London & South East Premier Hospitality





An iconic London music venue that has hosted the likes of R.E.M. and Oasis has relaunched after an extensive makeover to refresh the interior and improve facilities.

Borderline in Soho is well known amongst music aficionados as an intimate basement venue championing the best new music. After over a decade of very little work on the space, new owners DHP Family decided a refresh was in order to truly put the venue back on the London map.

In a former life Borderline had operated as a Mexican themed bar and it was this that formed the inspiration for the new design. London-based design agency Zopsigog, long time collaborators with DHP Family, was once again tasked with refreshing the basement. CEO Andy Lampard spoke to Premier Hospitality about Zopsigog’s design process and its application to Borderline:

“We don’t necessarily have a house style, our style is more process led and centres on a narrative or storyline we can bring out within the design. This makes the bars and restaurants we design far more experiential and we take clients on a journey so it’s nice when they come back.

“Our brief was to maintain the essence and character of Borderline that had built up over the decades but at the same time modernise and make the space more clean cut and contemporary. Primarily it’s a 300 capacity gig space but we wanted to remove an element of the grunge to it so we tabled the idea of having a cocktail bar.

“We’ve built a narrative around what the Borderline was designed as originally and what it meant to people. We’ve designed it with very subtle nods to Mexican elements and there are certain aspects that are quite fun with vibrant colours that reference more traditional pattern works. You wouldn’t necessarily walk in and say you were in a Mexican bar but once you look around there is a vibe.”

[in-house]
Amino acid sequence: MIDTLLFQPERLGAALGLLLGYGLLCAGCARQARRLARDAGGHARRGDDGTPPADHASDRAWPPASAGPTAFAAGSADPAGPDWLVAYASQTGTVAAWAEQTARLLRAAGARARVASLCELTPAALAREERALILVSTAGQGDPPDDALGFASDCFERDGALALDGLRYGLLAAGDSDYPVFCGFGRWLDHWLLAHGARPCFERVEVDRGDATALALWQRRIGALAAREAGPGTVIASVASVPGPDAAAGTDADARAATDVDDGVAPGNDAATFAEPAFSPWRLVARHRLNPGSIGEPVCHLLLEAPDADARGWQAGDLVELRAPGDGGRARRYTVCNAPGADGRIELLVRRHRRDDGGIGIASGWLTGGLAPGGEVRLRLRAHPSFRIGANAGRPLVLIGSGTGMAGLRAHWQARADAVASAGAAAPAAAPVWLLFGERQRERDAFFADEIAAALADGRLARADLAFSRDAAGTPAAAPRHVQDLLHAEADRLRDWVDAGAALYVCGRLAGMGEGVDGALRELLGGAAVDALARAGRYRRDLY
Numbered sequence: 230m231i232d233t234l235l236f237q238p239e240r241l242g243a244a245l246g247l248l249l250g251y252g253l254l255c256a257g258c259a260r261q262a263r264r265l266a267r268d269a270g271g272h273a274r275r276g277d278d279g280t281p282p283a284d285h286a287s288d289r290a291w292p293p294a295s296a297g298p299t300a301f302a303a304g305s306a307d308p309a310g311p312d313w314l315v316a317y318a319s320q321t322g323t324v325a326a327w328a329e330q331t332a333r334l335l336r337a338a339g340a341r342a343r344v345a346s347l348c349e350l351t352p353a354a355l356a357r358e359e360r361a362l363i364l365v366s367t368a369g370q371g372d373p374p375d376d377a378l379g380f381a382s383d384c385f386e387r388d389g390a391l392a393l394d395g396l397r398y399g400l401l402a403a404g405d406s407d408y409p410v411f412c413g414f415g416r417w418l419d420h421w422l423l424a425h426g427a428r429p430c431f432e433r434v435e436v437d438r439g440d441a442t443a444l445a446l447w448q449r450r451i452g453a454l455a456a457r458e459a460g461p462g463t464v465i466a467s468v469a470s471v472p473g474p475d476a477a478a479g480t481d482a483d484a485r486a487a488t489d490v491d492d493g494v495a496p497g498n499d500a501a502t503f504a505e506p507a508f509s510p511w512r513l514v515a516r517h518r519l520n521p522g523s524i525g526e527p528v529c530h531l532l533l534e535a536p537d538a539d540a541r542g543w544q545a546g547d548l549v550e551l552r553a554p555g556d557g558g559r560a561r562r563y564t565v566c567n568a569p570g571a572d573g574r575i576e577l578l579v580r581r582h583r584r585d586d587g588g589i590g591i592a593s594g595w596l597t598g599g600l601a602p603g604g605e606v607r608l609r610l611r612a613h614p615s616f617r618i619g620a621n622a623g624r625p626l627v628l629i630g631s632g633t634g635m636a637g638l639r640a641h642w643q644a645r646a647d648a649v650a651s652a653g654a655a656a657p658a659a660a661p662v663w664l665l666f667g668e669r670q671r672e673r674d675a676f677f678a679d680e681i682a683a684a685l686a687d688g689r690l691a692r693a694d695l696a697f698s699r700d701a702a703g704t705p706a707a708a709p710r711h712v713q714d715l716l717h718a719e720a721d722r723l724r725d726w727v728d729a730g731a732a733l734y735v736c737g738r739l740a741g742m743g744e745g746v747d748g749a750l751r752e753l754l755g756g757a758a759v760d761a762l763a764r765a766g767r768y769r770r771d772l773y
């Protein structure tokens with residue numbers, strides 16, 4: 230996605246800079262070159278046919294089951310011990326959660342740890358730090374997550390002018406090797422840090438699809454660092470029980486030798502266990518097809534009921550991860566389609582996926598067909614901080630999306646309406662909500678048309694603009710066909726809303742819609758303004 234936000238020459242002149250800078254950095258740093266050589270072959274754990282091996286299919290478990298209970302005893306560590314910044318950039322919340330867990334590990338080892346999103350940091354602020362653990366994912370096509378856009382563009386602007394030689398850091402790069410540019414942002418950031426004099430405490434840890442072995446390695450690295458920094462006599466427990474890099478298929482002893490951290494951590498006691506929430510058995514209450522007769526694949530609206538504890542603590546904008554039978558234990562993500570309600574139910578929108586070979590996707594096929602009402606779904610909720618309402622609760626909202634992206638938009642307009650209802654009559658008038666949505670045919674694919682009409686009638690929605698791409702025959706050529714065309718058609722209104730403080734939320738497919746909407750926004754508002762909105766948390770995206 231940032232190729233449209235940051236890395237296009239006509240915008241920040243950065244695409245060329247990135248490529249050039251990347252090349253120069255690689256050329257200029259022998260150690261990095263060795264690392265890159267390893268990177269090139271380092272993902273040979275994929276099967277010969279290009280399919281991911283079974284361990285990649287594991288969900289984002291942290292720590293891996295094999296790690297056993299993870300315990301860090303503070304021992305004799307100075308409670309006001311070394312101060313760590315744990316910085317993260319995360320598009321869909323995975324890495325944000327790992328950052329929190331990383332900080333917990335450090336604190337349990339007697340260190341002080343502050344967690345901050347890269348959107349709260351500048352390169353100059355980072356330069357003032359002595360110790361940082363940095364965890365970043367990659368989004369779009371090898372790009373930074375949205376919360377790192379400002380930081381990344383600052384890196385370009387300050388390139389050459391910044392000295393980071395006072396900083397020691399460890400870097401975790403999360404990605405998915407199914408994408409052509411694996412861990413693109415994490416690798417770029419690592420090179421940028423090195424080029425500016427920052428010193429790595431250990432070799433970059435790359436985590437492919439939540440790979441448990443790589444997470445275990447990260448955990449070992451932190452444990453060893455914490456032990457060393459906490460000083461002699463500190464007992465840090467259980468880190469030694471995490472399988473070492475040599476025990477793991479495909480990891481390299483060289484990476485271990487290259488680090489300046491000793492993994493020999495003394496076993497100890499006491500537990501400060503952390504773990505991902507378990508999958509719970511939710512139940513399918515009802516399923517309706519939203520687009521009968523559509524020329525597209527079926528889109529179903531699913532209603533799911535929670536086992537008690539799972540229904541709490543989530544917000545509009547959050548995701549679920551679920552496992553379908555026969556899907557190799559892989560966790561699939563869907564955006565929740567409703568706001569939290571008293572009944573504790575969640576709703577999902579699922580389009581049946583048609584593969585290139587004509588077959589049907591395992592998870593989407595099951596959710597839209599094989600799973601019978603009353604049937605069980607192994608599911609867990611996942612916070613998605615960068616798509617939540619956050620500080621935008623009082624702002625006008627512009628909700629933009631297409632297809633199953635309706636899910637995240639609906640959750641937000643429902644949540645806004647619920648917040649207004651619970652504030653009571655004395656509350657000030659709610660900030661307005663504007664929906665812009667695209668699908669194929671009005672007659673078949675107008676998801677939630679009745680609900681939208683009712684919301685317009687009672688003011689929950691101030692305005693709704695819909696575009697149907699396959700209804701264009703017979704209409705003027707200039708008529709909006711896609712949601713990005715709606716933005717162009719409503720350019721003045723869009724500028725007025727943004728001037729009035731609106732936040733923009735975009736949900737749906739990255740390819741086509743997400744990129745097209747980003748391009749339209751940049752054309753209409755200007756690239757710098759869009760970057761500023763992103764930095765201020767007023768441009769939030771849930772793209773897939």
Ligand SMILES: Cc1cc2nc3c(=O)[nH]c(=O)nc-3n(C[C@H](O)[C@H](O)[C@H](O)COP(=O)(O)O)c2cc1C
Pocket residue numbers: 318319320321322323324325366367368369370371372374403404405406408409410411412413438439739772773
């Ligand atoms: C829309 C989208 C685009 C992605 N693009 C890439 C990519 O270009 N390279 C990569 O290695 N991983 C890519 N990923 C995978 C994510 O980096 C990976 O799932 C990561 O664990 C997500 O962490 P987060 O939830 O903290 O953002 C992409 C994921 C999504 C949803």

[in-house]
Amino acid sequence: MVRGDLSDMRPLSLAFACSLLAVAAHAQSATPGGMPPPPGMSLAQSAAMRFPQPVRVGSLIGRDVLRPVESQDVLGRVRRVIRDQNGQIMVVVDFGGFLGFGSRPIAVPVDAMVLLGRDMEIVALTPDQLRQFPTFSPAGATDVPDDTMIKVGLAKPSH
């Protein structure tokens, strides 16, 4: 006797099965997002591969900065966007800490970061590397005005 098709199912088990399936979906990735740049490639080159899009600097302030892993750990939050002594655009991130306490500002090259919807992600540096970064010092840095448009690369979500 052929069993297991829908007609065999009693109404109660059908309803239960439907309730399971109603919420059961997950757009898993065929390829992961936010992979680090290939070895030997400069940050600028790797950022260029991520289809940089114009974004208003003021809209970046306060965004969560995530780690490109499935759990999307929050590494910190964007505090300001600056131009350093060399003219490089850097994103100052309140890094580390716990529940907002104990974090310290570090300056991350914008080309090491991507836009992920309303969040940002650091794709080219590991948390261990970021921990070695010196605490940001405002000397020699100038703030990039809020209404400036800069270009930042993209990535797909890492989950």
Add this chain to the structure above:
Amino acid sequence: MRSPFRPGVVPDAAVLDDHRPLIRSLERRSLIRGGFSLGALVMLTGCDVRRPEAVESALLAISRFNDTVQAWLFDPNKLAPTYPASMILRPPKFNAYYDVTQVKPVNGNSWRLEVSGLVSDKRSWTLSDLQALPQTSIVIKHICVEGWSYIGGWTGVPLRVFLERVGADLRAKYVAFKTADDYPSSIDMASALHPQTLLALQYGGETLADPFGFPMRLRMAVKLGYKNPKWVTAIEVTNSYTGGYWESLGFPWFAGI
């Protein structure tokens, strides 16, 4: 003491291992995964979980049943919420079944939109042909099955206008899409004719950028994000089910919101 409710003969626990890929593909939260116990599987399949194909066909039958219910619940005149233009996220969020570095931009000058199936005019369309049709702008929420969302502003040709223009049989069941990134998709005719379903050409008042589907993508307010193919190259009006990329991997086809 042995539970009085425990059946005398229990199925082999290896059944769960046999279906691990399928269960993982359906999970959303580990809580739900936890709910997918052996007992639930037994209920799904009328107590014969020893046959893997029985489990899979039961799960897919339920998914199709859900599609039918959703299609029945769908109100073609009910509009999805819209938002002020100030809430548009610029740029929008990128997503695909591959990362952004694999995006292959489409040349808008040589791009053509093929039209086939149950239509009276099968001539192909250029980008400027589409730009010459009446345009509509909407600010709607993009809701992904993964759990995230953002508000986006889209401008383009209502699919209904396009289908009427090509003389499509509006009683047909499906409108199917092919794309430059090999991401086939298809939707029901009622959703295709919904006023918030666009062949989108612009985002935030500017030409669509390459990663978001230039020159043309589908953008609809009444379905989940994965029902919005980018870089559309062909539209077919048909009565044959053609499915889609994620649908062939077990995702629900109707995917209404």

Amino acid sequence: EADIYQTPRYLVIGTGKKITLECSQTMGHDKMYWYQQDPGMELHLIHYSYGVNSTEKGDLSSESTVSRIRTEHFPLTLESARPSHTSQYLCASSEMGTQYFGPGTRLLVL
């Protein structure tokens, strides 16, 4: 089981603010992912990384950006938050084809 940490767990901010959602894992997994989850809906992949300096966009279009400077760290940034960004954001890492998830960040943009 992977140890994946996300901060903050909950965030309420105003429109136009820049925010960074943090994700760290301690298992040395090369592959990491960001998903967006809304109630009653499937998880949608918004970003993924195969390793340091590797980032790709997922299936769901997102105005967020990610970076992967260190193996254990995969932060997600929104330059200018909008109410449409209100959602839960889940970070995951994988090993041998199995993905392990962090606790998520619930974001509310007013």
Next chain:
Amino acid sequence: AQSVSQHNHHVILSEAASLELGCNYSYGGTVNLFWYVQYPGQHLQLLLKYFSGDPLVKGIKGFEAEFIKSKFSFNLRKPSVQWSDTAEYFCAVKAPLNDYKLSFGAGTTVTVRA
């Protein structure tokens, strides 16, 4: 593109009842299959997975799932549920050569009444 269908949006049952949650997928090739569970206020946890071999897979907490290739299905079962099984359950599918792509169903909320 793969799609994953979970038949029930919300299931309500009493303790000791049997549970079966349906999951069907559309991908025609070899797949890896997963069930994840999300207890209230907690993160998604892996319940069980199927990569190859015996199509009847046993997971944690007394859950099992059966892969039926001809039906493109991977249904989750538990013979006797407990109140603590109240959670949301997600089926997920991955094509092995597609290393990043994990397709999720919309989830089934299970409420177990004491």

The project also provided the opportunity to work on some issues inherited from the club’s previous design. Chief amongst this was a column that sat right in the middle of the viewing platform for the stage, meaning lead singers had to either stand left or right rather than dead centre. A reorientation now means that great views are available throughout the venue.

There is also a fantastic bar that reaches from one level of the gig space and climbs up round the corner of room to become a slightly more intimate cocktail bar serving drinks with a Mexican twist.

Music fans can sample the new atmosphere with a series of exciting gigs already lined up to celebrate the relaunch.

Andy added:

“The biggest challenge by far is working in a basement. Particularly in London, you can never be sure about what you’re going to uncover. Obviously we carry out significant surveys but even then you find surprises. We’re in the bottom of a building that has other occupants, ranging from another bar above to offices above that and running through our basement there are so many services that it’s an absolute minefield.

“All of our projects are completely different and it’s always great working on music venues because the party afterwards is fantastic! Obviously, to be working on something that is a legendary venue in the first place is a real honour. We’re working on a couple of other venues and hopefully in the next year quite a few of these renowned old haunts will reopen.”

DHP Family own and manage eight venues across three cities, each with their own personality. Over the course of 35 years the company has grown to become one of the leading names in the live music industry.


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